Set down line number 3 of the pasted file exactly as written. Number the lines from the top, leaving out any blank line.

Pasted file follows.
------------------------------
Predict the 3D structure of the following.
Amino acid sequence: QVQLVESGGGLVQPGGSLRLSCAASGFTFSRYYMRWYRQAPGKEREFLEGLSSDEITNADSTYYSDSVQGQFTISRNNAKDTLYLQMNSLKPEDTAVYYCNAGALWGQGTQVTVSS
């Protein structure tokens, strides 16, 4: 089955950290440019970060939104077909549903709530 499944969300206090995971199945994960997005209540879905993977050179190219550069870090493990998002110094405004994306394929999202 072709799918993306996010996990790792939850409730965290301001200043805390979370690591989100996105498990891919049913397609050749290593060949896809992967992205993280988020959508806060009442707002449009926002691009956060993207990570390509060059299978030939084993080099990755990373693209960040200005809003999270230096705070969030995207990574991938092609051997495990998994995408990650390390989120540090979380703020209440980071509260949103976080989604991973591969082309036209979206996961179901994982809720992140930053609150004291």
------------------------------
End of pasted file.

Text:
């Protein structure tokens, strides 16, 4: 089955950290440019970060939104077909549903709530 499944969300206090995971199945994960997005209540879905993977050179190219550069870090493990998002110094405004994306394929999202 072709799918993306996010996990790792939850409730965290301001200043805390979370690591989100996105498990891919049913397609050749290593060949896809992967992205993280988020959508806060009442707002449009926002691009956060993207990570390509060059299978030939084993080099990755990373693209960040200005809003999270230096705070969030995207990574991938092609051997495990998994995408990650390390989120540090979380703020209440980071509260949103976080989604991973591969082309036209979206996961179901994982809720992140930053609150004291």